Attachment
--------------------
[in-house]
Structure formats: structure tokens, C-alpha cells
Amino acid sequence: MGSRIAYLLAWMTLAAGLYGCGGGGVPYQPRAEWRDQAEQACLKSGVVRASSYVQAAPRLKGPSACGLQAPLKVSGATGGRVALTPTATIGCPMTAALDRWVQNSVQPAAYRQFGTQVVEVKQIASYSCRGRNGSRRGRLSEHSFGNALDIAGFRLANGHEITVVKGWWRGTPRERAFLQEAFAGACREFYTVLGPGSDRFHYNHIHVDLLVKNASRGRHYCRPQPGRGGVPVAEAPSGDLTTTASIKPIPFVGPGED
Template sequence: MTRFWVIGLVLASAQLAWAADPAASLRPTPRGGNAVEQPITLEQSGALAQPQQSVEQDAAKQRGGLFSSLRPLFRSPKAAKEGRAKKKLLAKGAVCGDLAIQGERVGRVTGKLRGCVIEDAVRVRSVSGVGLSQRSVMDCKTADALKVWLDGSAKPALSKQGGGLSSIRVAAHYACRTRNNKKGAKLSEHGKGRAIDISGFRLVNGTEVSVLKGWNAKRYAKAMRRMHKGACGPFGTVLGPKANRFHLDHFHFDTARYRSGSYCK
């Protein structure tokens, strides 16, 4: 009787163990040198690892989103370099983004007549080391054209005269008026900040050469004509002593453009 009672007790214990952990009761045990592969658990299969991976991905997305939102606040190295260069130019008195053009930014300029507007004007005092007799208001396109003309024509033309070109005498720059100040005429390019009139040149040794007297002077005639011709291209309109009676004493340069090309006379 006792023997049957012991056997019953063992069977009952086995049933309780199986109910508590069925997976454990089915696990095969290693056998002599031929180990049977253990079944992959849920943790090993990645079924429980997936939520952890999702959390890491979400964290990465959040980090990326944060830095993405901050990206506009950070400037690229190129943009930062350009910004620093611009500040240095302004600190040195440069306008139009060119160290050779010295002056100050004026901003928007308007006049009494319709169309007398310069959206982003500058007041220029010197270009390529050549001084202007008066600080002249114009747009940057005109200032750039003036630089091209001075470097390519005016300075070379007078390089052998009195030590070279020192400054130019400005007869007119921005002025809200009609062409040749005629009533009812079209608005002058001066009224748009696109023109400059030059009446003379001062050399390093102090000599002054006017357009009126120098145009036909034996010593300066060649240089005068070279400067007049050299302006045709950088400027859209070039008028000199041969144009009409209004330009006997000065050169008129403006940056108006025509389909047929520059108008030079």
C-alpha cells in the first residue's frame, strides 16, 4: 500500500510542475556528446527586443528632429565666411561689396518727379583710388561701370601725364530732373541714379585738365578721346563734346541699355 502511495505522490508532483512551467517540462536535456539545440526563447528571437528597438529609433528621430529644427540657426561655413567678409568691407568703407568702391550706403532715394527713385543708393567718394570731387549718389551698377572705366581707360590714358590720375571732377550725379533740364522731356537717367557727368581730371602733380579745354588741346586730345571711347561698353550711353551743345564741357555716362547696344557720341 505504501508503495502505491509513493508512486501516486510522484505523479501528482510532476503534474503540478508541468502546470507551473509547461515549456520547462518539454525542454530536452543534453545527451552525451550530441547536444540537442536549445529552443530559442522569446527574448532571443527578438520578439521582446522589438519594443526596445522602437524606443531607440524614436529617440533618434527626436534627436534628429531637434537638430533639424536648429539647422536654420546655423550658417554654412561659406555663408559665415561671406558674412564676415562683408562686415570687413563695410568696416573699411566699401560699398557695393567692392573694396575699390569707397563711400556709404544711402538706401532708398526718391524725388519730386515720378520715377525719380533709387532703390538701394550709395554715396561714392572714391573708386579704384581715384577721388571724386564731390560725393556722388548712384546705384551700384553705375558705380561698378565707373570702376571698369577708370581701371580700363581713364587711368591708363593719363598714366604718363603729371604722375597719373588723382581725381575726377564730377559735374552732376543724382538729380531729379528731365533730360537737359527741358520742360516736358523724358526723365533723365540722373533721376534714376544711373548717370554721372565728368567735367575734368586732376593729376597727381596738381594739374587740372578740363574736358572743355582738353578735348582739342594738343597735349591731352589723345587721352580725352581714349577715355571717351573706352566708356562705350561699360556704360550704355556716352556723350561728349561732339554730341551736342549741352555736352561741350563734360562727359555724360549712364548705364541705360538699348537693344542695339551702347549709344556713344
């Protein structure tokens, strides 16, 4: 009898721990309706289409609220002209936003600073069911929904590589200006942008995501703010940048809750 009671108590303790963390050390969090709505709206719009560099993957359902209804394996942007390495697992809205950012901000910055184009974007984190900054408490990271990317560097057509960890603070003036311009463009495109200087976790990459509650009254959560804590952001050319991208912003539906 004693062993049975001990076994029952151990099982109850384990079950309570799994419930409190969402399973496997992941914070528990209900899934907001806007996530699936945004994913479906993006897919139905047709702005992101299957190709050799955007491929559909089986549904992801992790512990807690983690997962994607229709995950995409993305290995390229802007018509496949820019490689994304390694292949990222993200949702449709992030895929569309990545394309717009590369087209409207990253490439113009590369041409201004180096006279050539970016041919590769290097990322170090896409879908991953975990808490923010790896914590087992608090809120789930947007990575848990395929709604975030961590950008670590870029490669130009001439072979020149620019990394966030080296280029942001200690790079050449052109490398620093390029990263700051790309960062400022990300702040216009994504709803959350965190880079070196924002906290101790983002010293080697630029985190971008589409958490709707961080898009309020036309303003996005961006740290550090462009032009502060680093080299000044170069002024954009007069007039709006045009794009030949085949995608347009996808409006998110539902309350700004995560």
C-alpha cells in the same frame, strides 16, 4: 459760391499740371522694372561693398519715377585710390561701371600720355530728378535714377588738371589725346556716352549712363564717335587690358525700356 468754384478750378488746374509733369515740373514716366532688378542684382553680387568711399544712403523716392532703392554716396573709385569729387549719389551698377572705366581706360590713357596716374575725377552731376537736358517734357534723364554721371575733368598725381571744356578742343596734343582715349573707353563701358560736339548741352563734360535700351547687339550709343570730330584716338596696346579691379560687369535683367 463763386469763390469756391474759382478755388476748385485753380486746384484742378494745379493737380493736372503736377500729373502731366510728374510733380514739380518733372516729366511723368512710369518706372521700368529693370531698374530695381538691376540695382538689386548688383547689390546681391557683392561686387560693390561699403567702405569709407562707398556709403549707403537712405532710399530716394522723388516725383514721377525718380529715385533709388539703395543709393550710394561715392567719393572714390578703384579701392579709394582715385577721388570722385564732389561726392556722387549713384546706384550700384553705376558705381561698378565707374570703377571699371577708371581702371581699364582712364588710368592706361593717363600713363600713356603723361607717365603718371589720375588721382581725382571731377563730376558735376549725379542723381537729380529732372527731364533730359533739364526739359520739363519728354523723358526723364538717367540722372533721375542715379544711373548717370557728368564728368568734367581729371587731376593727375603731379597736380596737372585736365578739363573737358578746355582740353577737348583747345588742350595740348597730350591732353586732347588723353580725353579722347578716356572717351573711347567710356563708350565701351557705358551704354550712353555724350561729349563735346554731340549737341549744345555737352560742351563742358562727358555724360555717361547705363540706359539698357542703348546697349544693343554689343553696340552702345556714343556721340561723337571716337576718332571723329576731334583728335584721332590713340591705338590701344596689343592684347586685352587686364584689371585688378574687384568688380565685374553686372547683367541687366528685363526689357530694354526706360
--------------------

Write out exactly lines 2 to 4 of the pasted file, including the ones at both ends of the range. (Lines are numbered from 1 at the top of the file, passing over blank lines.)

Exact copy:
Structure formats: structure tokens, C-alpha cells
Amino acid sequence: MGSRIAYLLAWMTLAAGLYGCGGGGVPYQPRAEWRDQAEQACLKSGVVRASSYVQAAPRLKGPSACGLQAPLKVSGATGGRVALTPTATIGCPMTAALDRWVQNSVQPAAYRQFGTQVVEVKQIASYSCRGRNGSRRGRLSEHSFGNALDIAGFRLANGHEITVVKGWWRGTPRERAFLQEAFAGACREFYTVLGPGSDRFHYNHIHVDLLVKNASRGRHYCRPQPGRGGVPVAEAPSGDLTTTASIKPIPFVGPGED
Template sequence: MTRFWVIGLVLASAQLAWAADPAASLRPTPRGGNAVEQPITLEQSGALAQPQQSVEQDAAKQRGGLFSSLRPLFRSPKAAKEGRAKKKLLAKGAVCGDLAIQGERVGRVTGKLRGCVIEDAVRVRSVSGVGLSQRSVMDCKTADALKVWLDGSAKPALSKQGGGLSSIRVAAHYACRTRNNKKGAKLSEHGKGRAIDISGFRLVNGTEVSVLKGWNAKRYAKAMRRMHKGACGPFGTVLGPKANRFHLDHFHFDTARYRSGSYCK